Questions and answers . . . .
Dear Bob: I entered a major supermarket one day last week. As I approached the manager's cage, which was just inside the door, I saw a folded $20 bill on the floor.
As I bent to pick it up, I became aware that a cashier was approaching with her cash drawer in hand, and had pushed the button for the manager to open the cage and take her drawer.
As I straightened up, $20 bill in hand, I came up eyeball to eyeball with cashier and manager.
Okay, how do you handle this? Do you smugly pocket the money and walk away? Or do you leave it with the manager, with your name and phone number, and say you will claim it the next day if no one comes looking?
Is this a matter between you and your conscience, a matter of judgment or a matter of stupidity? (The 20 was gone the following day when I came back to check. They told me someone had come back looking.) Just sign me, Dubious
Dear Dubious: I say it's a matter of judgment, and would have been even if no manager and no cashier had been hovering over you. Here's the judgment I recommend:
Pocket the money, but give it to charity. If store employes are nearby, tell them that's what you plan to do. And ask them to report your intentions to whoever comes back in search of the bill.
This way, you won't sit around wondering about the honesty of the cashier and the manager. And you won't put the manager in the position of trying to decide whether "the rightful owner" is really rightful. You send the money to an unexceptionable, neutral place where it will do some good.
Dear Bob: My son goes to a public high school in Prince George's County. There is a boy in his class who is gay, and who often flaunts it. He wears earrings, ballet slippers and sometimes tight pink pants. My son says the other kids snicker about him behind his back, but generally leave him alone.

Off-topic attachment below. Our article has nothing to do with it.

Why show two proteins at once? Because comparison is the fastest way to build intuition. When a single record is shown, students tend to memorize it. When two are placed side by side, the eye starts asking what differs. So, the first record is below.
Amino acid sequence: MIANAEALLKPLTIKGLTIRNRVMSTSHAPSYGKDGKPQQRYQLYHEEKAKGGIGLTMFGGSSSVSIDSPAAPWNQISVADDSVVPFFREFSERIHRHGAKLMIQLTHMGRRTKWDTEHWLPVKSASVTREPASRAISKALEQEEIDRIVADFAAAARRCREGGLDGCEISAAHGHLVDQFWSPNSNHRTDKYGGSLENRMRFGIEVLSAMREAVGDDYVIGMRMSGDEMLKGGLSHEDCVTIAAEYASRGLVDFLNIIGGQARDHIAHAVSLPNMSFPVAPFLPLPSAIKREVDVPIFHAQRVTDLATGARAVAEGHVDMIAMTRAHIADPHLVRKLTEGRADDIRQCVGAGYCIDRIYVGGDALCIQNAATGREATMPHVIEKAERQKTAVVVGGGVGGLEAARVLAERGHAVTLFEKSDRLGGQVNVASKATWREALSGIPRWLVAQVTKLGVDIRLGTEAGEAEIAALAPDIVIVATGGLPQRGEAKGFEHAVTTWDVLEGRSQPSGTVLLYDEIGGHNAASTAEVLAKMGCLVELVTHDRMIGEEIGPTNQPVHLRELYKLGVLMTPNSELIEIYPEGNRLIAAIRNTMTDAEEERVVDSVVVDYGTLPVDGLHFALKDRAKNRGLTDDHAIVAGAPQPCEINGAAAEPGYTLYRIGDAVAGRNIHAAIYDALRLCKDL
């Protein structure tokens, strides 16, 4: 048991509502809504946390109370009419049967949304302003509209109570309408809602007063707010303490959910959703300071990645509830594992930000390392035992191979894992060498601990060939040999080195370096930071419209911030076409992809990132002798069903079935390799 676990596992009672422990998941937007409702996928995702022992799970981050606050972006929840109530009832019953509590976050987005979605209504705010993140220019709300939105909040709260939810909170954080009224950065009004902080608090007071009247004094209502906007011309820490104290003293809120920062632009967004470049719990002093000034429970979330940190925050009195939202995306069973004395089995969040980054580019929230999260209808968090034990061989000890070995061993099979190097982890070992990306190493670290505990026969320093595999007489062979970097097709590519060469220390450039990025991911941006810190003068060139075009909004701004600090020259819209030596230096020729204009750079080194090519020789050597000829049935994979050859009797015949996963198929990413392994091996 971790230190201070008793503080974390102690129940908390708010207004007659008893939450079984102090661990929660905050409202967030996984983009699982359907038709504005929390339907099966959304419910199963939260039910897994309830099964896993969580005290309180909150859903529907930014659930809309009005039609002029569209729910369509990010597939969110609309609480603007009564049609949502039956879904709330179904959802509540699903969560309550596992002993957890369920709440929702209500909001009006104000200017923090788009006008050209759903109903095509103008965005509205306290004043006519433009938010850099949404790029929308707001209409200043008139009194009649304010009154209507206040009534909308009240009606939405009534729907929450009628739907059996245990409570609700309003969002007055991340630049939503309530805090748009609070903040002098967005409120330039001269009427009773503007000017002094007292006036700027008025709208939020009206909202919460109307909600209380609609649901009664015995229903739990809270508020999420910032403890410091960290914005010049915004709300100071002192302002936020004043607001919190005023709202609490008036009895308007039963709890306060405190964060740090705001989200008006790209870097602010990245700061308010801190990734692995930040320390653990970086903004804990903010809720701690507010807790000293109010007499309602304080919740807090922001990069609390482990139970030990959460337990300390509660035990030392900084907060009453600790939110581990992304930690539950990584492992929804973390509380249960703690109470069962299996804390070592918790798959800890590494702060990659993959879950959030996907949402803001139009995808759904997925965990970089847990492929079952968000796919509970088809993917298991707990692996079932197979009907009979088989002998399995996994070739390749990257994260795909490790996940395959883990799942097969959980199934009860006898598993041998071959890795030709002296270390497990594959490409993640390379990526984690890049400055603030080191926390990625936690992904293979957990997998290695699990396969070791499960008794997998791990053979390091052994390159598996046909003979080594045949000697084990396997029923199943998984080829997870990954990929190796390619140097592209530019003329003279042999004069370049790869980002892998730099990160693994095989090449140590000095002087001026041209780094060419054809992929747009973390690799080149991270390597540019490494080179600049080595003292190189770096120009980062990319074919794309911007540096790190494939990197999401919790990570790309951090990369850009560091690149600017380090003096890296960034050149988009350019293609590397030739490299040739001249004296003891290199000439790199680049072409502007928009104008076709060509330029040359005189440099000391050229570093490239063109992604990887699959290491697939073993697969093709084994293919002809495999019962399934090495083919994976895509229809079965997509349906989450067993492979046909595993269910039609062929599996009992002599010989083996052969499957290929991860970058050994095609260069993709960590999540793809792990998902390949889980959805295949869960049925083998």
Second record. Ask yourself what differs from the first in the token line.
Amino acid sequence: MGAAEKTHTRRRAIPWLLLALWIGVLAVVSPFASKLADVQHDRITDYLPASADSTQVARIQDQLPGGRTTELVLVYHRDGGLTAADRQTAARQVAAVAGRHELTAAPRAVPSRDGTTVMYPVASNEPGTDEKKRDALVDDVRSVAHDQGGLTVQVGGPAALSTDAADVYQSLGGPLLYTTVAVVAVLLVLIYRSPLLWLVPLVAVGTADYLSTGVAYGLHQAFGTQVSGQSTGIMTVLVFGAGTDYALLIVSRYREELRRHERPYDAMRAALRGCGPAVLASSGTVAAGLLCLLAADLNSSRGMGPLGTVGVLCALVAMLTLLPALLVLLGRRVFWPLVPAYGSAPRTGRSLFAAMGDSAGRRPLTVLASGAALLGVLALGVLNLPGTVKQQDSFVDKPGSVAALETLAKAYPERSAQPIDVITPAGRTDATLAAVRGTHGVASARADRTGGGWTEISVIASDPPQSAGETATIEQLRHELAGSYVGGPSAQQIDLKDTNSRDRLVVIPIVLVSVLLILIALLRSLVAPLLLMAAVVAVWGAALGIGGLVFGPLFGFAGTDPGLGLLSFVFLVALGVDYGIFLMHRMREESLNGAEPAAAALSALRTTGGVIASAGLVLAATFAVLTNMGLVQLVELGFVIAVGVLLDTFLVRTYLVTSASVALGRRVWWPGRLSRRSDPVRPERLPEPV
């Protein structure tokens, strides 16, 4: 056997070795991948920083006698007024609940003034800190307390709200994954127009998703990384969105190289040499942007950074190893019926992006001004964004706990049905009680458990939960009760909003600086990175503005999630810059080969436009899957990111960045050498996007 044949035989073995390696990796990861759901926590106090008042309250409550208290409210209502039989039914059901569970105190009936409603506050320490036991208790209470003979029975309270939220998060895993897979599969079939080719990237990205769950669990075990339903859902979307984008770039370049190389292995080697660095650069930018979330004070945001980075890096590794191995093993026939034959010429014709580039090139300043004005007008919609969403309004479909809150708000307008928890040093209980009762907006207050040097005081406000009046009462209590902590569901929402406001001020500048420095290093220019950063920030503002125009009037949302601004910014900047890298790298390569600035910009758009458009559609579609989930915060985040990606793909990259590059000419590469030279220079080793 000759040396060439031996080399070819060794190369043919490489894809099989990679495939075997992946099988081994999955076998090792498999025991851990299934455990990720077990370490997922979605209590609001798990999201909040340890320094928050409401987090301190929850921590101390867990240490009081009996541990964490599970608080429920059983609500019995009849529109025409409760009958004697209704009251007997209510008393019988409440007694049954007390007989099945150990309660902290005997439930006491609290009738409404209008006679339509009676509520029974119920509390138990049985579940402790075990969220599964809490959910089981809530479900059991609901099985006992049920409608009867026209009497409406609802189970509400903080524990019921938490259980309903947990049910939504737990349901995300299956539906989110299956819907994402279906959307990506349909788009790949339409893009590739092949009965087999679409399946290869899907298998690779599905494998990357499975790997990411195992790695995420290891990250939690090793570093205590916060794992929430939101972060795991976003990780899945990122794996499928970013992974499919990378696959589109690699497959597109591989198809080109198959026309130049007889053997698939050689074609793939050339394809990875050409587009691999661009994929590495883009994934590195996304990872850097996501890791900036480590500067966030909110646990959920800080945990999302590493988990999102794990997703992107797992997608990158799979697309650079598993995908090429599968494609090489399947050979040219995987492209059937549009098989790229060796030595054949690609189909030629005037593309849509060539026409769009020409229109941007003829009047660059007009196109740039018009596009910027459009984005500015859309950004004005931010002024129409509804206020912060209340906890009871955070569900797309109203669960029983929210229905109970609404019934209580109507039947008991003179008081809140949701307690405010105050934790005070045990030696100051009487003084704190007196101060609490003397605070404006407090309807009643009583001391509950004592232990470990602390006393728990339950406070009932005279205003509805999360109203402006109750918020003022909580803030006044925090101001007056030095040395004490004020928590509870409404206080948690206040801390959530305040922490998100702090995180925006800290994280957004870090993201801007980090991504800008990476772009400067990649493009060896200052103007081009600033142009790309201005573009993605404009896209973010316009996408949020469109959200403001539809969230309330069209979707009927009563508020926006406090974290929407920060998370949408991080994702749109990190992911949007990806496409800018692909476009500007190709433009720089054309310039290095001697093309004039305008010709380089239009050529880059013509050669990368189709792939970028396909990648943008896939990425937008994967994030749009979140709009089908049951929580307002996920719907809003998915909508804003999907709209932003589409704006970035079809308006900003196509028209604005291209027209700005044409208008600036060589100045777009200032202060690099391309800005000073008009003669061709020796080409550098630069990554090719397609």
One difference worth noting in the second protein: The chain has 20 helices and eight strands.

Since all this AIDS business, though, one of the non-gay kids has been harassing this boy unmercifully. He calls him names in the halls. He yanks his earrings. He even goes around taping notes onto water coolers after the gay boy takes a drink from them. One note said, "THIS FOUNTAIN WILL KILL YOU BECAUSE (NAME WITHHELD) DRANK HERE."
My son says the other kids are starting to get edgy about all this. What do you suggest? Concerned Mama
Dear Mama: Why are you asking me? Why aren't you in the principal's office right this minute?
On second thought, don't bother. I just called the principal. I explained the situation. The principal knew right away who the two kids were. The matter is in the proper hands, and the wheels are already turning.
But I'm not naive enough to think that the AIDS epidemic won't produce similar tales. To any high schooler tempted to taunt gays in the future: It isn't original. It isn't humane. It isn't funny.
Dear Bob: I'm a high school basketball referee in the area, and this is the time of year when I wonder if I should bother.
Next month, I'll be huffing up and down the court for my 14th season, as the crowds cheer. Nothing unpleasant about that. The unpleasantness is the coaches. They'll be after me -- again.
They'll insult my parentage and my eyesight. They'll accuse me of taking bribes. They'll even shout that the opposing coach has promised me a cheerleader for some "fun-sies" after the game.
I realize that "working the referee" is part of the game. But does it have to be part of the game at the high school level?
These are 16-year-old kids on the court, Bob. They're not the Boston Celtics. And the coaches are not as good as the coaches in the pros. Yet they run their mouths just as loud and just as often.
Please send the coaches a preseason message for me. The message is: Here's one ref who isn't going to put up with their mouths this season. Striped, But Not Stupid
Dear Striped: Message sent, pal, and message heartily applauded.
What you're seeing is the effect of TV. These loudmouth high school coaches don't think they're coaching unless they whimper about every call. The reason is pro coaches on the tube. They start whimpering during pregame warmups. More camera time that way. Might get a Miller Lite commercial if they whine loud enough.
Baiting the refs may be great for the coachly ego. But it's not clear that it's great for the team. Often, whimpers produce technical fouls, which produce points for the opposition.
Then there's the question of concentration. If a player has a ref-baiting coach, he may pay more attention to the baiting than to the man he's supposed to be guarding. I'll bet plenty of players see their coaches go into tantrums and think, "Why doesn't he shut up and just let us play ball?"
Dear Coaches: Why don't you?